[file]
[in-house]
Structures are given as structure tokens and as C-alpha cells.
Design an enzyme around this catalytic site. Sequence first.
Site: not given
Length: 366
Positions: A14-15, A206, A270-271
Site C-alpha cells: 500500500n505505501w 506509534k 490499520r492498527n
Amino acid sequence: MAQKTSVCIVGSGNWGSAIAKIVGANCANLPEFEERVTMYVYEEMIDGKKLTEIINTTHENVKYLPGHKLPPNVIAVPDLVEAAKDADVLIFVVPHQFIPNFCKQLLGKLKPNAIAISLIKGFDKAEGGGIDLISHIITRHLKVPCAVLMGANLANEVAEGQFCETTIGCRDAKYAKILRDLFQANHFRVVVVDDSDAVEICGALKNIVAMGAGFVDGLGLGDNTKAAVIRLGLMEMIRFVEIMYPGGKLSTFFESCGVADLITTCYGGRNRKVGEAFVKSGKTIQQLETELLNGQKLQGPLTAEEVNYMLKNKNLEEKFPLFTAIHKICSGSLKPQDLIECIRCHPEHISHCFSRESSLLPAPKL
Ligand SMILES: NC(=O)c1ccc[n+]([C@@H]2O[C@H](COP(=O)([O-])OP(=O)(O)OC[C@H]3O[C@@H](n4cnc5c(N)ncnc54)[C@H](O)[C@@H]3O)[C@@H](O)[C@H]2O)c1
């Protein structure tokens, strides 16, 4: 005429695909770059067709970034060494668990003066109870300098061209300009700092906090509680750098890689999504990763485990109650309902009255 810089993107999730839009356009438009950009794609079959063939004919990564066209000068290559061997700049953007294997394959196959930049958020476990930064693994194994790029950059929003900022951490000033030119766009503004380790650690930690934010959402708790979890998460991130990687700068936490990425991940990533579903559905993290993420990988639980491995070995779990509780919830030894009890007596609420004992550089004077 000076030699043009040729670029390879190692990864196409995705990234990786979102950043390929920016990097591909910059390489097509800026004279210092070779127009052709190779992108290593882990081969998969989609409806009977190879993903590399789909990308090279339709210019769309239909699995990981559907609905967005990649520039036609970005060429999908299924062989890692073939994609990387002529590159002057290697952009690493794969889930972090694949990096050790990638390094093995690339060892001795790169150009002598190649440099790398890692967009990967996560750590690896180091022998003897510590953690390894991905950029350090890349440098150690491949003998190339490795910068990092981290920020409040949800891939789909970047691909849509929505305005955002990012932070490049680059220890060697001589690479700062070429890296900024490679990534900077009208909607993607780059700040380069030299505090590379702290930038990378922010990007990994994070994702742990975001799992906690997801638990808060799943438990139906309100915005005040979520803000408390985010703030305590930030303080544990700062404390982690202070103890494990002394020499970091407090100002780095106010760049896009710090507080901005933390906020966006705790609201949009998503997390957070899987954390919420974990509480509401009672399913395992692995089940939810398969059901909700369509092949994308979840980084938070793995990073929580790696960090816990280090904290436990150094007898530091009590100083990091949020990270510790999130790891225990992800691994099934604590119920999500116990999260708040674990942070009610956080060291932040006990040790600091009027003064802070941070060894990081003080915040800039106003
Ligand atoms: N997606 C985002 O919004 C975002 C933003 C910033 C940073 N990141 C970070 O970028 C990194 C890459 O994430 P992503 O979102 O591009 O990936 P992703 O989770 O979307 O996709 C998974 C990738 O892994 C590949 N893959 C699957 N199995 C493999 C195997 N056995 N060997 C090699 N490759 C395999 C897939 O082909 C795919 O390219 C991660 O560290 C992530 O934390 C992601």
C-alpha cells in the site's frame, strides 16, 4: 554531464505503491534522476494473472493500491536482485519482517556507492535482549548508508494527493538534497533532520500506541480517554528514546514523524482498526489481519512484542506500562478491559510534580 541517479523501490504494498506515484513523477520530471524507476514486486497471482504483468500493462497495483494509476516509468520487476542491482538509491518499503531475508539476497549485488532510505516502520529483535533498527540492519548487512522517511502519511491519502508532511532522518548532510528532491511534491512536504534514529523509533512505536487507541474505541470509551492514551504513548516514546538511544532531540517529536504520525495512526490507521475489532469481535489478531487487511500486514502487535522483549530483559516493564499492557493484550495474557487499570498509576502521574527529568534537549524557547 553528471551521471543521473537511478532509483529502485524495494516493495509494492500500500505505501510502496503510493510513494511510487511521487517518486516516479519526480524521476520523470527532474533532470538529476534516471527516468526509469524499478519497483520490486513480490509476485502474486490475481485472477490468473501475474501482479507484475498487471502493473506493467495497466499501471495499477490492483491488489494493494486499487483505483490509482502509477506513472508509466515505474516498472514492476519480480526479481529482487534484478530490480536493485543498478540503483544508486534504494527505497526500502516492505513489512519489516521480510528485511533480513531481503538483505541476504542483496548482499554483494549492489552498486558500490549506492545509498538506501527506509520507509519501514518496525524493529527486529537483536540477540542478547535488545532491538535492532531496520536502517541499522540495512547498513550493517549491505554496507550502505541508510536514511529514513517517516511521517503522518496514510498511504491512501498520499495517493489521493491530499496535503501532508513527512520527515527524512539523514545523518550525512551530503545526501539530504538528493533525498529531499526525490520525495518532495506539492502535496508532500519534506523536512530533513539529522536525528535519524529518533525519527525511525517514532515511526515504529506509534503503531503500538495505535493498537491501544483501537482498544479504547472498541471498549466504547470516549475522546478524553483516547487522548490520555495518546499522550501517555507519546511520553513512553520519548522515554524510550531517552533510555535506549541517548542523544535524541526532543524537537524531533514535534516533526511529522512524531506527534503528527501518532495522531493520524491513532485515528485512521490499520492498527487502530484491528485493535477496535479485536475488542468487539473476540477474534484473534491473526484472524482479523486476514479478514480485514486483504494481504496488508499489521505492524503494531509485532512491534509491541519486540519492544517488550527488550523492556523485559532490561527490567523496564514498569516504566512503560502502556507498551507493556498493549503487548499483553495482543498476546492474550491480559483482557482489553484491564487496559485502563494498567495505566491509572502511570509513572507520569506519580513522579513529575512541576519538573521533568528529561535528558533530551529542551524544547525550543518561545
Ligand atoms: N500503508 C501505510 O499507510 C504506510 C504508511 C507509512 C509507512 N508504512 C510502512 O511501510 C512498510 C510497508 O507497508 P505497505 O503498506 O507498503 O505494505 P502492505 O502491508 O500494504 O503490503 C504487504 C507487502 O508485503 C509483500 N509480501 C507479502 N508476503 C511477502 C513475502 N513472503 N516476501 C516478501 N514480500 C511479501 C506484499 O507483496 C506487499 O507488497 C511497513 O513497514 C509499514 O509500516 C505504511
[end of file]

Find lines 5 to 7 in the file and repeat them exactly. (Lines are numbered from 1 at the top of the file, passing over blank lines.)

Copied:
Length: 366
Positions: A14-15, A206, A270-271
Site C-alpha cells: 500500500n505505501w 506509534k 490499520r492498527n